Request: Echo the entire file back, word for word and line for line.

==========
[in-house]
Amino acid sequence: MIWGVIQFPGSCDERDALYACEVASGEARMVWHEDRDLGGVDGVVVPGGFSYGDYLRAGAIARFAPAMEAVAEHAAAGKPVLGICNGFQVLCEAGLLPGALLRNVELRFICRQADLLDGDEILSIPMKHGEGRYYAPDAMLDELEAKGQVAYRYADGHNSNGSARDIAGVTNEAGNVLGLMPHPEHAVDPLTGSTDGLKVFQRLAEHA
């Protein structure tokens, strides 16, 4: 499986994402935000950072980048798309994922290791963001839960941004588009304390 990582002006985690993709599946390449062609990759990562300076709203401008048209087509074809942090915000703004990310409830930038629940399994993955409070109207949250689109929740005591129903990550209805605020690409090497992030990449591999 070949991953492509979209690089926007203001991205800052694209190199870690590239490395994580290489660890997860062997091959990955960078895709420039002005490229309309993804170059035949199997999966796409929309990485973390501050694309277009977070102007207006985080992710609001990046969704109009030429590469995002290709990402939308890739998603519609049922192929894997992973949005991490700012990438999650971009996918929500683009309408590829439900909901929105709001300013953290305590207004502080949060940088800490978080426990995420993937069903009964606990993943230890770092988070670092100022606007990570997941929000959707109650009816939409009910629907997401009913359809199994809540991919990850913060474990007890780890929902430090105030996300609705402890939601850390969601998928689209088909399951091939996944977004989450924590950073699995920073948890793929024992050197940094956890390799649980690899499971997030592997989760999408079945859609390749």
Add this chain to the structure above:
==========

[in-house]
Amino acid sequence: MIWGVIQFPGSCDERDALYACEVASGEARMVWHEDRDLGGVDGVVVPGGFSYGDYLRAGAIARFAPAMEAVAEHAAAGKPVLGICNGFQVLCEAGLLPGALLRNVELRFICRQADLLDGDEILSIPMKHGEGRYYAPDAMLDELEAKGQVAYRYADGHNSNGSARDIAGVTNEAGNVLGLMPHPEHAVDPLTGSTDGLKVFQRLAEHA
């Protein structure tokens, strides 16, 4: 499986994402935000950072980048798309994922290791963001839960941004588009304390 990582002006985690993709599946390449062609990759990562300076709203401008048209087509074809942090915000703004990310409830930038629940399994993955409070109207949250689109929740005591129903990550209805605020690409090497992030990449591999 070949991953492509979209690089926007203001991205800052694209190199870690590239490395994580290489660890997860062997091959990955960078895709420039002005490229309309993804170059035949199997999966796409929309990485973390501050694309277009977070102007207006985080992710609001990046969704109009030429590469995002290709990402939308890739998603519609049922192929894997992973949005991490700012990438999650971009996918929500683009309408590829439900909901929105709001300013953290305590207004502080949060940088800490978080426990995420993937069903009964606990993943230890770092988070670092100022606007990570997941929000959707109650009816939409009910629907997401009913359809199994809540991919990850913060474990007890780890929902430090105030996300609705402890939601850390969601998928689209088909399951091939996944977004989450924590950073699995920073948890793929024992050197940094956890390799649980690899499971997030592997989760999408079945859609390749």
Add this chain to the structure above: